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Sinking fortunes at country's oldest port

Kolkata port forced to sell/lease 100 acres land to meet pension liabilities

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The in India, the Kolkata port, officially known as the (KoPT), is struggling to survive.

KoPT, which handles (KDS) and (HDS), has been forced to sell or lease around 100 acres of its large 3,000-acre land bank in the city to meet pension liabilities.

Kolkata's port is steeped in history. Its roots go back to the Mughals. The British called it the gateway to the East and the port played a strategic role during the second world war, surviving two attacks on it by the Japanese.

That history, unfortunately, hasn't been able to stave off a plague of problems that have steadily piled on, questioning the port's survival. One of those is the question of how to look after its ageing ex-workforce. According to a top port official, KoPT needs an estimated Rs 130 crore annually to pay pension dues. More, implementation of the new pay scale has become an additional pressure to KoPT, which has about 9,000-odd staff.

“We have about 30,000 pensioners with KoPT. To meet the pension liability in future, we need an additional corpus of Rs 3,000 crore, adding to the Rs 2,000-crore corpus we have created since 2004," says Manish Jain, acting chairman, KoPT. “To create the additional amount, we have submitted a proposal with the Centre to lease out or sell about 100 acres of land, at seven to eight prime localities in the city. It will be done through the auction route," he added.

There's another, equally pressing problem confronting KoPT — competition from deep-sea ports which are fundamentally different from those like KoPT that are situated on a river that eventually leads to the ocean. Therein lies one of its current-day disadvantages. “It is a fact that we are losing traffic to other non-major ports in the region like Dhamra, Gangavaram and Krishnapattanam," says Jain. “We have natural constraints like siltation. While the draft in Haldia is between seven to eight metres, in Kolkata it is between 5.5 to 7.5 metres. We have to live with this competition and are charting out development plans to tackle this," added Jain. Annual dredging costs for Kolkata port,which is 126 miles away from the ocean, is around Rs 350 crore.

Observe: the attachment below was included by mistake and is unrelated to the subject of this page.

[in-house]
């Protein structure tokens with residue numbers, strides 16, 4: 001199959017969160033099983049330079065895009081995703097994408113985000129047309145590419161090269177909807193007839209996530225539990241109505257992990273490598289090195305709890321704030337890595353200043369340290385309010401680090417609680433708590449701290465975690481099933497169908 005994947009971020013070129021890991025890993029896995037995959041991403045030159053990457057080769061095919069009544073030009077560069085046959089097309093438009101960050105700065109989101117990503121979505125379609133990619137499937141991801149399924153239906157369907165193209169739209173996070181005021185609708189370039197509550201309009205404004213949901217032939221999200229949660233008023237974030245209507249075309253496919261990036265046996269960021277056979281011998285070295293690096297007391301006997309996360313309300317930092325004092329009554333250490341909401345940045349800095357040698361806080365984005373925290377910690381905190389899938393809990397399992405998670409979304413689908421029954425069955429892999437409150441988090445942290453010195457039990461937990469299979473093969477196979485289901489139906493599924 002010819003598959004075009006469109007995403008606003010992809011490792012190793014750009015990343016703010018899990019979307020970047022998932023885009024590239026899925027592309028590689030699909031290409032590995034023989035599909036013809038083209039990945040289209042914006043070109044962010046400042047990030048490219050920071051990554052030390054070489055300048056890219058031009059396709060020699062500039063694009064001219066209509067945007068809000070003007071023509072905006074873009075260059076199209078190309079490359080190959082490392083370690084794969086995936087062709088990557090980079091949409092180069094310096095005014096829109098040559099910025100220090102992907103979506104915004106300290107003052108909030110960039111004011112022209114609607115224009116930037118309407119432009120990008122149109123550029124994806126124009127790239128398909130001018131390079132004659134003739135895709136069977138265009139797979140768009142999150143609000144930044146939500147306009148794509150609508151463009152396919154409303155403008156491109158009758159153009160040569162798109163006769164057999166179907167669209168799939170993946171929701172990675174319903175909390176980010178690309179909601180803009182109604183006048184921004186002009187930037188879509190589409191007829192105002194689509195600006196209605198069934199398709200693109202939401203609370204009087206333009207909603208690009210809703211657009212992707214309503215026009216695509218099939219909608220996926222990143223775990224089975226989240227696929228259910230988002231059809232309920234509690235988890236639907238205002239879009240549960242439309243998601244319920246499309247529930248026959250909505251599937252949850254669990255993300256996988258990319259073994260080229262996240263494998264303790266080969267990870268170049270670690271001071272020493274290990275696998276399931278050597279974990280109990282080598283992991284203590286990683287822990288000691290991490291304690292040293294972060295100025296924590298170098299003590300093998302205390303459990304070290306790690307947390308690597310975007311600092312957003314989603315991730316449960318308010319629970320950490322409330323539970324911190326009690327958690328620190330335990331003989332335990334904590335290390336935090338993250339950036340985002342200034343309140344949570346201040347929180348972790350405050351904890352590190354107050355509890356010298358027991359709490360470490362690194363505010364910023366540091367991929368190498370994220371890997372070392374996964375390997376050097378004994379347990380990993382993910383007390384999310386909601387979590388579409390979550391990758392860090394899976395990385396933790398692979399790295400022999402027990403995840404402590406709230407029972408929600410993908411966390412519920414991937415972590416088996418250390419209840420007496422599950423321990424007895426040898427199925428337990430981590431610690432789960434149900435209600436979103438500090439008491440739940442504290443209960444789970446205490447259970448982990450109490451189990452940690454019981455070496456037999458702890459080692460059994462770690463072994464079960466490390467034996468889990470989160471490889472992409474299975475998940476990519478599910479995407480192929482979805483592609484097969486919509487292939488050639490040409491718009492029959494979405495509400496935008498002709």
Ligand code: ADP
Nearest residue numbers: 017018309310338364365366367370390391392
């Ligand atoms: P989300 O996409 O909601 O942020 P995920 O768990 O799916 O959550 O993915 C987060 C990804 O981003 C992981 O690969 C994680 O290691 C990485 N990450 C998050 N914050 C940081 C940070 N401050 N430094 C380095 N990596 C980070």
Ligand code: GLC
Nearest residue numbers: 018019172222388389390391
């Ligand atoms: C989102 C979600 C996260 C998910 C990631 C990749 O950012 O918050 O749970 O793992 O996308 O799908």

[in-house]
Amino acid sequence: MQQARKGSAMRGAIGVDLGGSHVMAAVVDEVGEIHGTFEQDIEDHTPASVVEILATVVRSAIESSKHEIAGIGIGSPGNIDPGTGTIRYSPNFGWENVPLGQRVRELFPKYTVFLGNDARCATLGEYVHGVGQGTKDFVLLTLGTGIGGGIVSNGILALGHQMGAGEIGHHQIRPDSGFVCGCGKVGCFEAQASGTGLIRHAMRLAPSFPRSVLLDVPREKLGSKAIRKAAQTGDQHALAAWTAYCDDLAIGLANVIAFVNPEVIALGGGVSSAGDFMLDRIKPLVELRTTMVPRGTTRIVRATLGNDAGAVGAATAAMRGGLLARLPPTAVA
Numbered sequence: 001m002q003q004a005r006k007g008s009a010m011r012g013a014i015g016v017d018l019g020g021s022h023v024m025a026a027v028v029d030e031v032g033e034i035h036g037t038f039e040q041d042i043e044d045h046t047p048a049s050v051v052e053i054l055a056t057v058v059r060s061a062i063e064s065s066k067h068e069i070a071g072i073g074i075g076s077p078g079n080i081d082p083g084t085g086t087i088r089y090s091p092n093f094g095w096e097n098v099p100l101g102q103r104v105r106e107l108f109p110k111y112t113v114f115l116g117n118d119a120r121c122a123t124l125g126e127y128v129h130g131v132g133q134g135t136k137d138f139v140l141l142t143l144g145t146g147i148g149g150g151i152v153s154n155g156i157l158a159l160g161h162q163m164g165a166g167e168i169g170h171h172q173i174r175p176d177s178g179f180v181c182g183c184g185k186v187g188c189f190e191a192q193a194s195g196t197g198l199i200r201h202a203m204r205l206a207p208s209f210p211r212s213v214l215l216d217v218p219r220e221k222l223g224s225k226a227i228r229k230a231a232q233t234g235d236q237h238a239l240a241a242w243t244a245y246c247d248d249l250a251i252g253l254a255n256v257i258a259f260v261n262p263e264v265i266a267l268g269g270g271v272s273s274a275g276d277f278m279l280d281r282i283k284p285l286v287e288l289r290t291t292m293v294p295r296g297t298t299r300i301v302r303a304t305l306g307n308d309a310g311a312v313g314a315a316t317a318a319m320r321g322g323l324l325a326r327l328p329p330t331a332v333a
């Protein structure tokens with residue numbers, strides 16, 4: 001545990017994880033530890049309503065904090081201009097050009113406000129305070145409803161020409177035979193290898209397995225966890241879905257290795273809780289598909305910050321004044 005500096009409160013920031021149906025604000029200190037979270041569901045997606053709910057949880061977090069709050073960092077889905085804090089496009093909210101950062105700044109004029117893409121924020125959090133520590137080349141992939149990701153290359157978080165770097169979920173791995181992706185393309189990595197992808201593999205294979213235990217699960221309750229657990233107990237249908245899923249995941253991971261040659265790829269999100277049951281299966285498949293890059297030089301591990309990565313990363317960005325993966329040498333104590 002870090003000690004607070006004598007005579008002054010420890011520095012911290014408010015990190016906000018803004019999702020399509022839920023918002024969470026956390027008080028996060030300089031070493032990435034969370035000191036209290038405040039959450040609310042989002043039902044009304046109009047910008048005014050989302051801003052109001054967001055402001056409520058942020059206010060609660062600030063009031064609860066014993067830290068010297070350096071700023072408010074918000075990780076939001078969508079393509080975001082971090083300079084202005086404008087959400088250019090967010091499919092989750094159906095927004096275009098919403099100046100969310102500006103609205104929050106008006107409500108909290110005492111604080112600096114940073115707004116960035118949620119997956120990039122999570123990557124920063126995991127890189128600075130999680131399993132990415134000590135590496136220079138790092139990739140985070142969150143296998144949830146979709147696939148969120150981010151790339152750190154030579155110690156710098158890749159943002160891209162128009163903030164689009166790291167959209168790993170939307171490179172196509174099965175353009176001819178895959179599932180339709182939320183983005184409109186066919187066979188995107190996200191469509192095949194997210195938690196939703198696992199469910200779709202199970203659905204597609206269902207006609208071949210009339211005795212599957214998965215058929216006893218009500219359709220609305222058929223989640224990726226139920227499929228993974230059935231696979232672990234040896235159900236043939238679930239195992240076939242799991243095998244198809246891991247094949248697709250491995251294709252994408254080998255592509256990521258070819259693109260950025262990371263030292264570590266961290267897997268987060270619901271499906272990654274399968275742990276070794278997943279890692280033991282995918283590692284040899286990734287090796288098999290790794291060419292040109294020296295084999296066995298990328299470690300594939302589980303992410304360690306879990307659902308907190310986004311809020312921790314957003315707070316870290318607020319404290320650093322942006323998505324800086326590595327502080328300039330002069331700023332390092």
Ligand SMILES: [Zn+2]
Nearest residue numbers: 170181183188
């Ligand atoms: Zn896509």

Consequently, this has meant that the lifeblood of any port, cargo, has taken a hit at Kolkata port. There has been an 80 per cent drop in crude oil handling-from 11 million tonnes (mt) in 2007-08 to 2.2 mt in 2011-12. For iron ore handling, the drop has been around 50 per cent, from eight mt in 2007-08 to four mt in 2011-12. “One of the major reasons for the drop in traffic is because of draft issues in Kolkata. There was a considerable drop in handling of petroleum, oil, and lubricant (POL) products and iron ore due to banning in key states," said A Janardhana Rao, managing director, (IPA).

According to KoPT, the dynamic railway freight policy on iron ore compared to the earlier distance-based policy has given an added advantage for ports like Paradip and Dhamra. On the other hand, crude handling is down since Haldia-Paradip pipeline came into place.

Overall, during the first two months of this financial year, (April-May period) traffic at the port dropped 21.55 per cent to 6.3 mt, compared to 8.02 mt during the same period last financial year. The port also registered an annual drop, from 47 mt in 2010-11 to a record low of 43.24 mt in 2011-12.

Surprisingly, despite these problems, the port authorities claim its net profit has increased 15.7 per cent from Rs 78 crore in 2008-09 to Rs 90 crore during 2011-12. “KoPT has increased operational efficiency and also improved parameters like turnaround time by 50 per cent in recent years," Jain said.

Yet, that profit is not going to tackle the port's considerable problems. To deal with the crisis, KoPT has laid a huge investment and development roadmap. It is planning to expand the handling capacity to 100 mt by the end of the 12th Five Year Plan, with an investment of about Rs 15,000 crore. Of the Rs 15,000-crore public private partnership projects, KoPT would be investing about Rs 2,500 crore.

“Though hit by a territorial battle with Orissa, we are pinning huge hopes on the transloading terminal project at Kanika sands to become the first port of call. More, we are now reviving the plan for a deep-draft port in the state," said Jain.

“In addition to this, KoPT is speeding up the pace of other projects. We have already got 30 bids for the Rs 2,000-crore Haldia Dock-II project and a request for quotation is already out for Diamond Harbour contanier terminal project," he added. Jain also mentioned other areas of focus that the port would get involved in, such as coking and non-coking coal, manganese ore and vegetable oil.

In addition to this, the port is commissioning Eden Channel — a proposed navigational route into the Haldia Dock Complex (HDC) that will provide an alternative to the silt-choked Auckland channel — which has a natural draft of more than nine metres, by October this year. However, critics believe that these projects which have been in the pipeline for a long time, have failed to take off till now, making life difficult for the port.

Whether it has procedural or natural constraints, Kolkata Port’s survival is not just vital for the vast hinterland of Eastern India but also for the two land-locked kingdoms of Nepal and Bhutan. It urgently needs to reclaim its lost glory, so that the vitality of one of the India’s oldest-trading franchises, which has imparted vibrancy to the city that houses it, can continue to do so.

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